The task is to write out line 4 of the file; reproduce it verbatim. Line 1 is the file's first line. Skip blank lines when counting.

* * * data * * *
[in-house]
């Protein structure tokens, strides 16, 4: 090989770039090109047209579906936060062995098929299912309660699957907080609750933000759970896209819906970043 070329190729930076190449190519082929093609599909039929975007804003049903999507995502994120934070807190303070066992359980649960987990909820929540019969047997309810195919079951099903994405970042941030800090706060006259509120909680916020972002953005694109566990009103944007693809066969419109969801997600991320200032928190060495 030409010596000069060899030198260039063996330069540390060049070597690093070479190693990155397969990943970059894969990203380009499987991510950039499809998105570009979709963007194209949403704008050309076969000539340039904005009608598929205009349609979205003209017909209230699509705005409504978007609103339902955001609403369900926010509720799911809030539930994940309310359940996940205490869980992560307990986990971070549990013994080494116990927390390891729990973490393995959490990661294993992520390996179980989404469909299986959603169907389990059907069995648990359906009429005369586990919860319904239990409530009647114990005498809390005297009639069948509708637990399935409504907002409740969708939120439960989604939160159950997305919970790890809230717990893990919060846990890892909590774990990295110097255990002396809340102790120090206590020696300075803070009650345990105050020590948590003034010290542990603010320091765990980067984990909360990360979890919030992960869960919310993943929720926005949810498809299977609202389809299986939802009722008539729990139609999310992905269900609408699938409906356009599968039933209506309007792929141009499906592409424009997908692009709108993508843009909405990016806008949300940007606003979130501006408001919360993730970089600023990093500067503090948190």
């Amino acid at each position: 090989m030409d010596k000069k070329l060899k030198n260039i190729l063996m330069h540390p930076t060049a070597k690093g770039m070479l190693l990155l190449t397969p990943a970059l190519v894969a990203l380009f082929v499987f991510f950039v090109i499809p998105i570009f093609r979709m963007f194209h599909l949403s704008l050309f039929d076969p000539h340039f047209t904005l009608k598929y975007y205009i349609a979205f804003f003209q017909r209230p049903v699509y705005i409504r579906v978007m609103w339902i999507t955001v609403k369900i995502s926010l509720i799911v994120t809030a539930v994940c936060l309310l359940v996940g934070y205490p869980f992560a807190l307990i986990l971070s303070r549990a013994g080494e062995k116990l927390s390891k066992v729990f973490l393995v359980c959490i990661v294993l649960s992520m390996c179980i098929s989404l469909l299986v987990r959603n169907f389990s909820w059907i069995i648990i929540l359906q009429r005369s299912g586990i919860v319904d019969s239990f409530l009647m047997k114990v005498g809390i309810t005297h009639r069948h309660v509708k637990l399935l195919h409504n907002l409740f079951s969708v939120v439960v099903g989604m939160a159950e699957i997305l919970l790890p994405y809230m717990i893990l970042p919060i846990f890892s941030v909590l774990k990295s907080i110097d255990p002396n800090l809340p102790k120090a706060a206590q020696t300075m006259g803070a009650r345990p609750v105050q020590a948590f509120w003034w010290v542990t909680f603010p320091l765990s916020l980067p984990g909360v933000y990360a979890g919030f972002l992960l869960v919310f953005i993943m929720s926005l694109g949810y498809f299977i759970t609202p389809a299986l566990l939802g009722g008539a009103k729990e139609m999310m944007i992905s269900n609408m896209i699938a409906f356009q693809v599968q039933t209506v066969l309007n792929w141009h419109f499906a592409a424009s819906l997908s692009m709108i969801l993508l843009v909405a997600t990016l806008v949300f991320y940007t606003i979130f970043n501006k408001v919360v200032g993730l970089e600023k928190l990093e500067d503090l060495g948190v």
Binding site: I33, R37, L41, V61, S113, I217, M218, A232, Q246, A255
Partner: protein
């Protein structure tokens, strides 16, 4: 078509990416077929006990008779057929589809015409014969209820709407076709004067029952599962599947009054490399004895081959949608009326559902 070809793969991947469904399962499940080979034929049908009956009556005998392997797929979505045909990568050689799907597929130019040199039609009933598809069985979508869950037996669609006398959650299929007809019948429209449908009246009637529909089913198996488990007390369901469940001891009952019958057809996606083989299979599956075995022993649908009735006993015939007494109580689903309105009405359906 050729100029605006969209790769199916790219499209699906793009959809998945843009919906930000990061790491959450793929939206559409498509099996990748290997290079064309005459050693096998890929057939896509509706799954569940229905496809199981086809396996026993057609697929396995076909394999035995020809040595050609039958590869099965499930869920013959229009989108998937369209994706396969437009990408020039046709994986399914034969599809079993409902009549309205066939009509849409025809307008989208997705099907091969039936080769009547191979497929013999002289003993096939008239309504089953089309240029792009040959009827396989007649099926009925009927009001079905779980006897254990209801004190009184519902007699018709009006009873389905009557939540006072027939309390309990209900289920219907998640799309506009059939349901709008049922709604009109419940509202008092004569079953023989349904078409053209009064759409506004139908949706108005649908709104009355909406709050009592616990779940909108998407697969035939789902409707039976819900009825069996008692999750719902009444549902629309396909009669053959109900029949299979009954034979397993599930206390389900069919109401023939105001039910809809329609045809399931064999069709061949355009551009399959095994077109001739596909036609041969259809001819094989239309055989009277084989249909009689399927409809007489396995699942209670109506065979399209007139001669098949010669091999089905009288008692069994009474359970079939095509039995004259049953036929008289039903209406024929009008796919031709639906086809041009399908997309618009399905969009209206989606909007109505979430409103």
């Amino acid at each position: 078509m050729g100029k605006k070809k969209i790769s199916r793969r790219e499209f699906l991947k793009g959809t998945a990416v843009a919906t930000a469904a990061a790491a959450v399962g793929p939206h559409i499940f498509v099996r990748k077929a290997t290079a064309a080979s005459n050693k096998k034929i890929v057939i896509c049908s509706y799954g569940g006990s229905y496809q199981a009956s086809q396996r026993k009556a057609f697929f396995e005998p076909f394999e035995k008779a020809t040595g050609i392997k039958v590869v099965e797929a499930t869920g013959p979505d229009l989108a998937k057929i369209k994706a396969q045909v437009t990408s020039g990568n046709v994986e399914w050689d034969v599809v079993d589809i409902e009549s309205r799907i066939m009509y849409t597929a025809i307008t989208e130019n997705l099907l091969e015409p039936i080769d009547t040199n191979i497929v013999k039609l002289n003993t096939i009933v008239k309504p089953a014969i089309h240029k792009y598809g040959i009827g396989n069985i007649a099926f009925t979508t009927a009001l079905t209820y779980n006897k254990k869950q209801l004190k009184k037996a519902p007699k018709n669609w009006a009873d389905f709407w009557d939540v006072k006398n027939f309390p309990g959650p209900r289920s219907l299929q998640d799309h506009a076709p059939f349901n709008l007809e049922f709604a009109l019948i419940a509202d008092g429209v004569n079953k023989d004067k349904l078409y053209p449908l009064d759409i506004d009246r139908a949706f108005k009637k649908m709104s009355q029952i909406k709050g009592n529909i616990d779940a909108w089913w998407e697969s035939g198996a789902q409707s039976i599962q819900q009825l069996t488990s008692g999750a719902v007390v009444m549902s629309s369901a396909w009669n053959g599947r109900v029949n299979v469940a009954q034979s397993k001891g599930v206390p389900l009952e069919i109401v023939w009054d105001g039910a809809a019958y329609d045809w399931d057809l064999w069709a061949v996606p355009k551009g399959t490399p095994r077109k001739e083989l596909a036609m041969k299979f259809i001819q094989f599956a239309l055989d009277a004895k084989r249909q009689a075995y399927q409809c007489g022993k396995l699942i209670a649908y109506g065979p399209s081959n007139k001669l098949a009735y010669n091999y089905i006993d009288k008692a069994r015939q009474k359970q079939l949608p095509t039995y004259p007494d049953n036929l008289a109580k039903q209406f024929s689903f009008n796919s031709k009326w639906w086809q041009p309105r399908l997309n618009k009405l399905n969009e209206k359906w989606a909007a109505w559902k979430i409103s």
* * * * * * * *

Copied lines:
Binding site: I33, R37, L41, V61, S113, I217, M218, A232, Q246, A255